▶ Materials Needed to Create a WaferA quick question before we start! How are semiconductor integrated circuits related to wafers? An integrated circuit is a semiconductor chip that incorporates many electrical components that process various functions. Integrated circuits are manufactured by creating many identical circuits on a substrate called a wafer. Therefore, a wafer is the foundation for the semiconductor. It’s similar to making a pizza—we prepare a dough first so that we can add toppings later. A wafer is a disc thinly sliced from a silicon rod that is made of elements such as Si or GaAs . Most wafers are made of silicon extracted from sand. Silicon Valley in the U.S. started out with the semiconductor industry and eventually became the center of the global software industry. Its name is reportedly a combination of “silicon”, a raw material for semiconductors, and “valley” from Santa Clara Valley. The name “Silicon Valley” may help you remember that silicon is an essential raw material for the semiconductor wafers. Silicon is rich in supply, being the most abundant element in nature. Its environmentally friendly properties are an added bonus. Should we take a closer look at the wafer manufacturing process?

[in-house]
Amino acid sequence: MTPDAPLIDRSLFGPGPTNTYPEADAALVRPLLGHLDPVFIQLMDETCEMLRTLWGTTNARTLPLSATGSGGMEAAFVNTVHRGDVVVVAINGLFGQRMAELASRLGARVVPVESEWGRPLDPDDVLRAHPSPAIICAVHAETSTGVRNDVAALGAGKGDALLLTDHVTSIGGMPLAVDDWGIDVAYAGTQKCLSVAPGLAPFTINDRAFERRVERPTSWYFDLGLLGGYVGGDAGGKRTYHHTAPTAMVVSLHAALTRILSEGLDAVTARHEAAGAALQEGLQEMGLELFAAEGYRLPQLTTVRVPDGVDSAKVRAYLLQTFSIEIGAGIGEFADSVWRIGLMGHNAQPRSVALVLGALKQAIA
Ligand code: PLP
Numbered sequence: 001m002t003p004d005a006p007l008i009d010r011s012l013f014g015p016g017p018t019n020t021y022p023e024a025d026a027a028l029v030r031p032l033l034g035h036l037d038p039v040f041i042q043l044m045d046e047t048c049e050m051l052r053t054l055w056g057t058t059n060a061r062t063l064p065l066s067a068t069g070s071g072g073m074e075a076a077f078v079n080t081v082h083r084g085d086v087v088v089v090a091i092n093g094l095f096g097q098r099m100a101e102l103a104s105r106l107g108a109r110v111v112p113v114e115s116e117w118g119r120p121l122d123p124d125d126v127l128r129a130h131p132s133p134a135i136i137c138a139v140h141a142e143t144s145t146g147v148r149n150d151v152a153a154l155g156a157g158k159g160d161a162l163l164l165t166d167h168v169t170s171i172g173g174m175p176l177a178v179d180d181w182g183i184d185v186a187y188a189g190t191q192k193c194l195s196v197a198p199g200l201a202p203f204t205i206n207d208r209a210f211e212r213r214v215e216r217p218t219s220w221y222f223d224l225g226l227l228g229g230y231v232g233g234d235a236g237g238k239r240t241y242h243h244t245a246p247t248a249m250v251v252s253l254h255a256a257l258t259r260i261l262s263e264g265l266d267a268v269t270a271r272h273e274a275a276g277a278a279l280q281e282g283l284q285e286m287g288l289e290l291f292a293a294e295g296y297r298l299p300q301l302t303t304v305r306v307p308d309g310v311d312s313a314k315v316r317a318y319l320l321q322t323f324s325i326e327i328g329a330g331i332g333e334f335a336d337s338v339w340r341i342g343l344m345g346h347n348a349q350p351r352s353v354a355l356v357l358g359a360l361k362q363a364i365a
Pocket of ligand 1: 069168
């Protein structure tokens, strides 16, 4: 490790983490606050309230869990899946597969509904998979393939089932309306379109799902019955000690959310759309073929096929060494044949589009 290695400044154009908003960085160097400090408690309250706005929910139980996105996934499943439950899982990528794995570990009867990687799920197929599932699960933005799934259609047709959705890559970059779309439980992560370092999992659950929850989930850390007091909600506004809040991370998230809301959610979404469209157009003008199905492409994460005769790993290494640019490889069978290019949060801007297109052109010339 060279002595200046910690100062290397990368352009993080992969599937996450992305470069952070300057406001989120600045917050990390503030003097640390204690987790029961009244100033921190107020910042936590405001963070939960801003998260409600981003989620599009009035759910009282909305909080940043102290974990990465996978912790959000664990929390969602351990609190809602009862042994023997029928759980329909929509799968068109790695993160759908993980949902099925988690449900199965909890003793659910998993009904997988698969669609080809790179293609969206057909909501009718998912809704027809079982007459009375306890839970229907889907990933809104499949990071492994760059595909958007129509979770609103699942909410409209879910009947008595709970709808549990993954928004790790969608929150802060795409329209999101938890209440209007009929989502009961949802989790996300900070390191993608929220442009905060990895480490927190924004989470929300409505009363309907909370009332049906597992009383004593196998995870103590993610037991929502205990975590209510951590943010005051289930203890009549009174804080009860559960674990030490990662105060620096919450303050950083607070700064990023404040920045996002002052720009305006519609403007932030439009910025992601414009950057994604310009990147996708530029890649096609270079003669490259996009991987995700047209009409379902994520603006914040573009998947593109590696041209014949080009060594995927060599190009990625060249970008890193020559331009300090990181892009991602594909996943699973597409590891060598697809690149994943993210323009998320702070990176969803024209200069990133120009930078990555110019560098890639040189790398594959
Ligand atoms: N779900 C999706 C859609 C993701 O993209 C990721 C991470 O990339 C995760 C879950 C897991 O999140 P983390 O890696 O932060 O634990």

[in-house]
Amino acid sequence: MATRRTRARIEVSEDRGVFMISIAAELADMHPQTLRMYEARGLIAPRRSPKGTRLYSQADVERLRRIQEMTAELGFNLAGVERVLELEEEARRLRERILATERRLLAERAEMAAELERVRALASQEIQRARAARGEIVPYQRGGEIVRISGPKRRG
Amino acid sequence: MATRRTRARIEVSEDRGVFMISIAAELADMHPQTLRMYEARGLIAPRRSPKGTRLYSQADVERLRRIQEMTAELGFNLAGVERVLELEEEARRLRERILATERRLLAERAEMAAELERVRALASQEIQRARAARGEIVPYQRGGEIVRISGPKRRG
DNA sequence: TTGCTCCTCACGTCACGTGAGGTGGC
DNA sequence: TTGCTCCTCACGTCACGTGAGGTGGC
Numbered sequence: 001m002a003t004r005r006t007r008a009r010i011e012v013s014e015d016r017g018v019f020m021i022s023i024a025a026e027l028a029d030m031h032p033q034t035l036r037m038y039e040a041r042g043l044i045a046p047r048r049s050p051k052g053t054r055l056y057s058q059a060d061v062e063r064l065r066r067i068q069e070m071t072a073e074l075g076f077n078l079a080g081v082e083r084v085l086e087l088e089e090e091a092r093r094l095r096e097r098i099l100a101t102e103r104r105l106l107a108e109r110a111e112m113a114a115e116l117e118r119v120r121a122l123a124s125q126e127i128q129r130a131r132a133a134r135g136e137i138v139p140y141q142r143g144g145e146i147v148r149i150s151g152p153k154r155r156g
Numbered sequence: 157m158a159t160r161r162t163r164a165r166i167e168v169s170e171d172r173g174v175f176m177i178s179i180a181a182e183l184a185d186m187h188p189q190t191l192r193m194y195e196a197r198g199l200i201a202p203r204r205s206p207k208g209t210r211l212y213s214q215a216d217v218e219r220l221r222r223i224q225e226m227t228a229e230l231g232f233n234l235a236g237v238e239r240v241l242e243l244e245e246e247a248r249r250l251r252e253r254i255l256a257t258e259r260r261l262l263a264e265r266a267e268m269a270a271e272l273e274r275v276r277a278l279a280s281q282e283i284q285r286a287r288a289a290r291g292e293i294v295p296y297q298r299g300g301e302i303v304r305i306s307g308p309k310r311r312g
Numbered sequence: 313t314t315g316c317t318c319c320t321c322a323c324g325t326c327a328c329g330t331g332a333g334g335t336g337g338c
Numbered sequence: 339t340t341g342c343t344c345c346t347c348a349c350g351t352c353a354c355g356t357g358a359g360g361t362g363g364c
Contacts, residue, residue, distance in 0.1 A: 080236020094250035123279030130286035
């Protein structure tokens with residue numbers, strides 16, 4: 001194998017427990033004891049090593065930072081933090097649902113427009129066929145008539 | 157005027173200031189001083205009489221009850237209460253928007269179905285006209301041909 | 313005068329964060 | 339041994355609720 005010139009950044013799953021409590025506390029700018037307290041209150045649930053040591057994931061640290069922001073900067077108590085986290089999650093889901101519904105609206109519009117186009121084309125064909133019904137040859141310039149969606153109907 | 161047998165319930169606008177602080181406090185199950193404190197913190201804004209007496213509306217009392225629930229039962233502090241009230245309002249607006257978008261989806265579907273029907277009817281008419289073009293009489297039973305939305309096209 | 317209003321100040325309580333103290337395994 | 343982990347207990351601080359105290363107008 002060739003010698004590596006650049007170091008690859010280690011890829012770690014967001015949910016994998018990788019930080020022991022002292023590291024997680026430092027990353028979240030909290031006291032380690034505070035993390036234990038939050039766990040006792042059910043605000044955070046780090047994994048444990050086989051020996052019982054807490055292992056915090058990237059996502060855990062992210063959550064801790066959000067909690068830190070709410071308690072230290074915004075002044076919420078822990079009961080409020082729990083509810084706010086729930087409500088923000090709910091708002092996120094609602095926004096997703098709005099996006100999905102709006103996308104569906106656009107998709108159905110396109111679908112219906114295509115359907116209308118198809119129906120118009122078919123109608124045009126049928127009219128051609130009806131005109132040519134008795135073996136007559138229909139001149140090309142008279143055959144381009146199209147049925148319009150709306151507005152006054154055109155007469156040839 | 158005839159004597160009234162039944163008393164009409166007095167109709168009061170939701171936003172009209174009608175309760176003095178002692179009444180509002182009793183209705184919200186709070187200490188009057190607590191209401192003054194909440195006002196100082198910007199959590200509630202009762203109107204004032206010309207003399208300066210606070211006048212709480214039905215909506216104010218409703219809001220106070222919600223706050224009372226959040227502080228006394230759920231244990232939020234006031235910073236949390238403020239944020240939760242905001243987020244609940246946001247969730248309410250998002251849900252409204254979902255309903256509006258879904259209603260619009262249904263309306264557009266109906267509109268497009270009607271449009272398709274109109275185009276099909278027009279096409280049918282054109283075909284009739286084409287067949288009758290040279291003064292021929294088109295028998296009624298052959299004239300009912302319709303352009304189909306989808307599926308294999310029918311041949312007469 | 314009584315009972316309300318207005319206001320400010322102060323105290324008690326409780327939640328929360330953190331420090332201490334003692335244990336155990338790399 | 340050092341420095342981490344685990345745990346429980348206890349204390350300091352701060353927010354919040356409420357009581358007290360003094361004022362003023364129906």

Step 1. Building an IngotSilicon extracted from sand needs to go through a purification process before it can be used to make semiconductors. It is heated until it melts into a high purity liquid and then gets solidified by crystallization. The resultant silicon rod is called an ingot. Only ingots with ultra high purity can be used for semiconductor processes, which require extremely high precision down to a few nanometers.
Step 2. Slicing Ingots to Create Thin WafersIngots, shaped like a spinning top, are sliced into thin, disc-shaped wafers of uniform thickness using sharp diamond saw blades. The diameter of an ingot determines the size of a wafer, such as 150 mm (6 inch), 200 mm (8 inch), and 300 mm (12 inch) wafers. The thinner the wafer is, the lower the manufacturing cost, and the larger the diameter is, the greater the number of semiconductor chips that can be produced per wafer. Therefore, wafers are becoming increasingly thinner and larger.
Step 3. Lapping and Polishing Wafer SurfaceSliced wafers need to be processed to achieve a smooth, mirror-like finish. The surface of sliced wafers is rough and contains defects, which could negatively affect the precision of circuits. Abrasive chemicals and polishing machines are used to polish the surface of a wafer. A polished wafer before any further processing is called a bare wafer, suggesting that no chips have been fabricated yet. The wafer would eventually look like the following after integrated circuits are fabricated on the bare wafer using many physical and chemical processes. Shall we review the name of each part of a wafer with IC chips?